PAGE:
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Modeling, control and implementation of a real redundant robot with five Degrees Freedom (DOF) of the SCARA (Selective Compliant Assembly Robot Arm) manipulator type is presented. Through geometric methods and structural and functional considerations, the inverse kinematics for redundant robot can be obtained. By means of a modification of the classical sliding mode control law through a hyperbolic function, we get a new algorithm which enables reducing the chattering effect of the real actuators, which together with the learning and adaptive controllers, is applied to the model and to the real robot. A simulation environment including the actuator dynamics is elaborated. A 5 DOF robot, a communication interface and a signal conditioning circuit are designed and implemented for feedback. Three control laws are executed in: a simulation structure (together with the dynamic model of the SCARA type redundant manipulator and the actuator dynamics) and a real redundant manipulator of the SCARA type carried out using MatLab/Simulink programming tools. The results, obtained through simulation and implementation, were represented by comparative curves and RMS indices of the joint errors, and they showed that the redundant manipulator, both in the simulation and the implementation, followed the test trajectory with less pronounced maximum errors using the adaptive controller than the other controllers, with more homogeneous motions of the manipulator.
Since the appearance of the first industrial robot, developed by George Devol and Joseph Engelberger, interest in using robotic manipulators has increased very rapidly. These systems have improved the productivity and quality of manufactured products and their use has extended from the automobile industry (General Motors: Unimate in 1960) [1] to the aerospace industry (National Aeronautics and Space Administration: Curiosity in 2012) [2]. This extensive range of applications has therefore required flexibilizing the work space of the robots, a characteristic that can be achieved by increasing their degrees of freedom, i.e., providing them with redundancy. However, all these activities would not be possible without an adequate design of the robot and of its technical control. Fulfilling this requires the knowledge and study of a mathematical model and of a certain class of “intelligence” that can direct the manipulator to perform the assigned tasks. Using the basic laws of physics that govern the robot's dynamics, it is possible to derive a mathematical model that represents its behavior, and through appropriate programming tools, develop an environmental simulation to subject it to different tests such as, for example, following trajectories [3-7].This paper takes up the modeling, control, and implementation of a redundant robot with five degrees of freedom of the SCARA manipulator type that is tested by making it follow a test trajectory composed of a spiral in Cartesian space. This work on the redundant robot has provided a complete dynamic model, considering the actuators, inverse kinematics, under certain considerations, along with direct kinematics.Three controllers were made to test both the model and the real redundant manipulator: a hyperbolic sliding mode, with learning, and adaptive. A simulator is developed by means of MatLab/Simulink software. A 5 DOF robot, a communication interface and a signal conditioning circuit are designed and implemented for feedback. A redundant robot model and real redundant manipulator are executed together with each controller. This analysis also includes the dynamics of the actuators. The results are shown by means of comparative curves and RMS indices of the joint errors, both in simulation and in implementation.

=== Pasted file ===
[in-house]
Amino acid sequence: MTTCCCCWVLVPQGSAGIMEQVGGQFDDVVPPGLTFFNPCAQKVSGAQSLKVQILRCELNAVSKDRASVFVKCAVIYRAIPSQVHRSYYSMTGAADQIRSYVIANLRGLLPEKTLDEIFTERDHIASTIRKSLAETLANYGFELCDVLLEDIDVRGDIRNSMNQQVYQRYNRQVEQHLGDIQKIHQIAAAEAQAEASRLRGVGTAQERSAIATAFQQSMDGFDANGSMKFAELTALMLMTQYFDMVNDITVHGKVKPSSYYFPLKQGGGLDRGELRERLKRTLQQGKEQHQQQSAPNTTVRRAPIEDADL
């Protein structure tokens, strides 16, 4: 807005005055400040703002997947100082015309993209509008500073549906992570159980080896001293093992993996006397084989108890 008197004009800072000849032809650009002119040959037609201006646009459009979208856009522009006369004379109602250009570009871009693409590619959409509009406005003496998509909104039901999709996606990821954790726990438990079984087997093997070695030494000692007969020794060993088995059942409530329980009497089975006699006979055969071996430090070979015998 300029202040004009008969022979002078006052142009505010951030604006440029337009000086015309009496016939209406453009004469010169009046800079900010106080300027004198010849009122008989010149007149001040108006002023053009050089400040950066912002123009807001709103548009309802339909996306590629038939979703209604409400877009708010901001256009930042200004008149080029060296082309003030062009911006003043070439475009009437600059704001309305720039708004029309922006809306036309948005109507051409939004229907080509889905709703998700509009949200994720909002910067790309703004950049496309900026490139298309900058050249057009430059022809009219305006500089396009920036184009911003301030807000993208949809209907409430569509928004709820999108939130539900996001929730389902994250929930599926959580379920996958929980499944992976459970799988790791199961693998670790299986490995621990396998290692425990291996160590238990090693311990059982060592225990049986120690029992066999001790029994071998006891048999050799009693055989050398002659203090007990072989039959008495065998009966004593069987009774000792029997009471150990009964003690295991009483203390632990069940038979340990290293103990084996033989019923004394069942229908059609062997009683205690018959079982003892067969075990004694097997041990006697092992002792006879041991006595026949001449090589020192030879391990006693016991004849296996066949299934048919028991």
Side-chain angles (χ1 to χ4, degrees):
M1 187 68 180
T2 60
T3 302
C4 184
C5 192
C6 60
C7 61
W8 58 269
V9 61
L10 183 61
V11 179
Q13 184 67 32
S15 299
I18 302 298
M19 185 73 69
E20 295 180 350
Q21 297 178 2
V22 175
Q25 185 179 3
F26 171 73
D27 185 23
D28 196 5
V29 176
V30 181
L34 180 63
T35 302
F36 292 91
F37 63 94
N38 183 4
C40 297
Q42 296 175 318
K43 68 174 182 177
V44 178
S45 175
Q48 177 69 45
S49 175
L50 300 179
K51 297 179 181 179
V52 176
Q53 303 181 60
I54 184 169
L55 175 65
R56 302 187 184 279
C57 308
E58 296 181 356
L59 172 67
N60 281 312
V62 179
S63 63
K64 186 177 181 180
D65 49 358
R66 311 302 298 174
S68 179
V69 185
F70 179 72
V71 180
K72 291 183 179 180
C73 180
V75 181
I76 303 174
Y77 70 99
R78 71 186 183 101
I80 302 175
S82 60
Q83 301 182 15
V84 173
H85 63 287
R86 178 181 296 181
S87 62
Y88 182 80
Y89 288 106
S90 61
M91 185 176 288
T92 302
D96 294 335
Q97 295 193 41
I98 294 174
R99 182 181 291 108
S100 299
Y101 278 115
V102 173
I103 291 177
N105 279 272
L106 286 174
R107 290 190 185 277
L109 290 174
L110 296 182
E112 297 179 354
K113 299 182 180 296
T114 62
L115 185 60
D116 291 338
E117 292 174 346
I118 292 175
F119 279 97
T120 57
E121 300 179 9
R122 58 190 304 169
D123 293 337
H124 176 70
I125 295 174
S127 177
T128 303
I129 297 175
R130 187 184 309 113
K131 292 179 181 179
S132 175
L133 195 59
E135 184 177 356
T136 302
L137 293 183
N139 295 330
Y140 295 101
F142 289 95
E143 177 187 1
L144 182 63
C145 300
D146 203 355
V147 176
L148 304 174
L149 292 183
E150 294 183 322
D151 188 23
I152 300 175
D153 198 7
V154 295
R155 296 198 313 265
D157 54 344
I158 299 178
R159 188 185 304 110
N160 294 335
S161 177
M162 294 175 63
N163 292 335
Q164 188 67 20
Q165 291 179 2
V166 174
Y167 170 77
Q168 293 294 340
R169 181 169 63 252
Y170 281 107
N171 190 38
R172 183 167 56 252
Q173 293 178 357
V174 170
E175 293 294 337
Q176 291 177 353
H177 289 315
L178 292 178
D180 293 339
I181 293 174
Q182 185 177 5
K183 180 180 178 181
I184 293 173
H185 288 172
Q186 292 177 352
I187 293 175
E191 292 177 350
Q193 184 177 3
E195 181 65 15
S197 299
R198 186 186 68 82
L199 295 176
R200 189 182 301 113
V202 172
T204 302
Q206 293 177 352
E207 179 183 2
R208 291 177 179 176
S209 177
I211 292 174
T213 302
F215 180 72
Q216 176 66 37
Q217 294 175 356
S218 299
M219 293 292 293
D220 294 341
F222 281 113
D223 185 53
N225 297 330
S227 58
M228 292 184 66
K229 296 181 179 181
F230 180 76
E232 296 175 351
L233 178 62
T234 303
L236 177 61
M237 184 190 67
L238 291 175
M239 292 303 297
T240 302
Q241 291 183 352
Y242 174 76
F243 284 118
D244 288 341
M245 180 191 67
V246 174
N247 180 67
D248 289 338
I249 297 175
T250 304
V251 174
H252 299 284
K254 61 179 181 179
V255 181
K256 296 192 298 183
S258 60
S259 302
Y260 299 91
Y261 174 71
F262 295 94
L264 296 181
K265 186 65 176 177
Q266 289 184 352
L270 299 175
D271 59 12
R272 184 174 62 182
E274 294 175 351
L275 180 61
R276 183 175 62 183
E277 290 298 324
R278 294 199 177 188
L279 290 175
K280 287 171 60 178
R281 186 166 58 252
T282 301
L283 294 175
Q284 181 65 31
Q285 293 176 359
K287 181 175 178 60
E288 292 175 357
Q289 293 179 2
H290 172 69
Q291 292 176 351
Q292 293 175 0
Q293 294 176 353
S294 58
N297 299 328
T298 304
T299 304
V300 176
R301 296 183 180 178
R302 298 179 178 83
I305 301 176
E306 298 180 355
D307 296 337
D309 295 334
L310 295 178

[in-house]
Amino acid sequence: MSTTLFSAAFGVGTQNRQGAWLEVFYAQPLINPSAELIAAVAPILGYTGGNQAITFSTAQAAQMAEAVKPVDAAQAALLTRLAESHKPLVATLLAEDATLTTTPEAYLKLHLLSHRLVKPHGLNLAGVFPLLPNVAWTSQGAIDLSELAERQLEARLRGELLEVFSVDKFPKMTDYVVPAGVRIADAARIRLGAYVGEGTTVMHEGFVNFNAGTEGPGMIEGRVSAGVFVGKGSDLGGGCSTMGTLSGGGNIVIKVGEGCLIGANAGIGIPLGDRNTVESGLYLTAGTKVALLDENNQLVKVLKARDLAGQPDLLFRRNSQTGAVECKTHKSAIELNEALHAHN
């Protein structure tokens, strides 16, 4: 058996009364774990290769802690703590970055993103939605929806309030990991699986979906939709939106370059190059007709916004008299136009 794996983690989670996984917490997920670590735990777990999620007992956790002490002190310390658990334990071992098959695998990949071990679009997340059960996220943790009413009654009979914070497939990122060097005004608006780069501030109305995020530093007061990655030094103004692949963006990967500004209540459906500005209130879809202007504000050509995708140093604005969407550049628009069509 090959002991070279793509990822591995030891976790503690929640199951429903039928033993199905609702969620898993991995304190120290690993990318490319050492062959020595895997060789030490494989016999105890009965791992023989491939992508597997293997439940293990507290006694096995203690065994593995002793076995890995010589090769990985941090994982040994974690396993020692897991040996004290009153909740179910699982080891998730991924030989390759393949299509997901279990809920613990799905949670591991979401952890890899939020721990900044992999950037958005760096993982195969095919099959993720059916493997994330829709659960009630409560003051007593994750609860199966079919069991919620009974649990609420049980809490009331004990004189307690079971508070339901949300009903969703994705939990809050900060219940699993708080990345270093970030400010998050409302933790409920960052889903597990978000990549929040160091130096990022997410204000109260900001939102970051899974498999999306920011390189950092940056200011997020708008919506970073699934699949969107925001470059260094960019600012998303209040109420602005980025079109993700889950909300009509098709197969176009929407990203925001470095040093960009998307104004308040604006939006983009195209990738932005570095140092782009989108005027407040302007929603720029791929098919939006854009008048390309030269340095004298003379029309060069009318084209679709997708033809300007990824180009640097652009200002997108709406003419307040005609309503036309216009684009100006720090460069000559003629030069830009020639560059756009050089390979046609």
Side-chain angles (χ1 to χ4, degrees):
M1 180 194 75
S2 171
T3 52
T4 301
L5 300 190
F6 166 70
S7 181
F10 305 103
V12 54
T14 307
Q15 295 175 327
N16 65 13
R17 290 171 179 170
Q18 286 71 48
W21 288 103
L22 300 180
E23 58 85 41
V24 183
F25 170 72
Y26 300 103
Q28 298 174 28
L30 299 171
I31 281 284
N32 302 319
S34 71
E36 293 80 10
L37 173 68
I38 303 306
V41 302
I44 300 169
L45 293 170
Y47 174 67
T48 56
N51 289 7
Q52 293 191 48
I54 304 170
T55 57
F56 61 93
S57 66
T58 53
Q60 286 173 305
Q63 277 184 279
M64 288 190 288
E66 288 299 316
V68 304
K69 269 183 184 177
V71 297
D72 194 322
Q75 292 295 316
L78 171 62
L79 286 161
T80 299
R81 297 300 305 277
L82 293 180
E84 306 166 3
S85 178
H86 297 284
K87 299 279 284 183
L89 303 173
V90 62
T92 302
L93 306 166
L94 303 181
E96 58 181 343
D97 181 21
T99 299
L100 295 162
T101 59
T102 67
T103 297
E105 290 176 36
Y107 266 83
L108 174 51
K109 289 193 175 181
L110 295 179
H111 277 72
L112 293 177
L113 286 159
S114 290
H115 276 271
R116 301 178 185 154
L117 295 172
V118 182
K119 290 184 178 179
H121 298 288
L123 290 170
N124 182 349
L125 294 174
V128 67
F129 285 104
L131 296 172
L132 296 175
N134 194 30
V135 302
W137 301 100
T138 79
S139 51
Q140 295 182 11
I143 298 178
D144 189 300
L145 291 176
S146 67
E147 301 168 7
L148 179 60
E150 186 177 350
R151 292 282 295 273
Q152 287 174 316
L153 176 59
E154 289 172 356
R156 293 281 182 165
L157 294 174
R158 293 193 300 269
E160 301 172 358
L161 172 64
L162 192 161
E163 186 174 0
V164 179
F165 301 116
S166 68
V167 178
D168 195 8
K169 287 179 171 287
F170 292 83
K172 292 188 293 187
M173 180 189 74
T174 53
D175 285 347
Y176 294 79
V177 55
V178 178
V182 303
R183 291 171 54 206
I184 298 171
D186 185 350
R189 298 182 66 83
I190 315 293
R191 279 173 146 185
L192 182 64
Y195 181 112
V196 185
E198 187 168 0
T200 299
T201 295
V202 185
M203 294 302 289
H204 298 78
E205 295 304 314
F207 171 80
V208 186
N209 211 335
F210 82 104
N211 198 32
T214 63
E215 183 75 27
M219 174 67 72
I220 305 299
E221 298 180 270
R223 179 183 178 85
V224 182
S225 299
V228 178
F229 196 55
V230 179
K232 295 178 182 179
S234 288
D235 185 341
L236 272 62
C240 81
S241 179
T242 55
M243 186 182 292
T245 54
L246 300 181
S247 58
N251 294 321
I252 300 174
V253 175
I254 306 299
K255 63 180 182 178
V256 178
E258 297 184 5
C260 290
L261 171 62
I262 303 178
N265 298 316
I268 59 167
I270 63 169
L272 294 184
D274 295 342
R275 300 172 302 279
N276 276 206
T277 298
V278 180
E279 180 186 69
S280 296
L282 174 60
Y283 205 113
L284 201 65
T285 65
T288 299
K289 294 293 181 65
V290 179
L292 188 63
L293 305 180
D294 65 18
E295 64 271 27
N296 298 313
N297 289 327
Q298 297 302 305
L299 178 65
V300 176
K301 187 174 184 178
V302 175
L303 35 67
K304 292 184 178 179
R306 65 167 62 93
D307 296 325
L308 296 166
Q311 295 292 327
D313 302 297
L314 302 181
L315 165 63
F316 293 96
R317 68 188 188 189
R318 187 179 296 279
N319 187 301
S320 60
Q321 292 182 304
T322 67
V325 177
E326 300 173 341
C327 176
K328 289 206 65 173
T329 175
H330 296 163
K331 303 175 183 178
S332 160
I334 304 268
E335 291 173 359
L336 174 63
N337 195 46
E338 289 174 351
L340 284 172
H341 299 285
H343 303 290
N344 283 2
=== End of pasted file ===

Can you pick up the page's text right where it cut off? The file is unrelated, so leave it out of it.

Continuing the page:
2. Redundant robots
Redundant robots are those that have more degrees of freedom than those required to perform a given task [8-11]. In recent years special attention has been given to the study of redundant manipulators, and this redundancy has been considered as an important characteristic in the performance of tasks that require dexterity comparable to that of the human arm, such as, for example, in the space mission called Mars Science Laboratory (MSL), better known as Curiosity, shown in Fig. 1.
Although most redundant manipulators do not have a sufficient number of degrees of freedom to carry out their main tasks, e.g., following the position and / or the orientation, it is known that its restricted manipulability results in a reduction of the work space1 due to the mechanical limitations of the joints and to the presence of obstacles in that space. This has led researchers to study the performance of the manipulators when more degrees of freedom are added (kinematic redundancy), allowing them to fulfill additional tasks defined by the user. Those tasks can be represented as kinematic functions, including not only the functions of kinematics that reflect some desirable properties of the manipulator’s performance such as the characteristics of the joints and the evasion of obstacles, but can also be expanded to include measurements of the dynamic performance through the definition of functions in the robot’s dynamic model, e.g., impact strength, control of inertia, etc. [12].The proposed robotic manipulator incorporates two additional degrees of freedom, giving it redundancy in its rotational motion, in its motion on the x-y plane, as well as in its prismatic motion along the z axis, as shown in Fig. 2.
Scheme of a robotic manipulator with rotational and prismatic redundance
3. Redundant Manipulator with 5 DOF
Fig. 3 is a schematic diagram of the SCARA-type redundant manipulator showing its redundancy in its rotational motion, its motion on the x-y plane, as well as its prismatic motion along the z axis, as well as the distribution of the coordinate axes systems and the location of the centroids.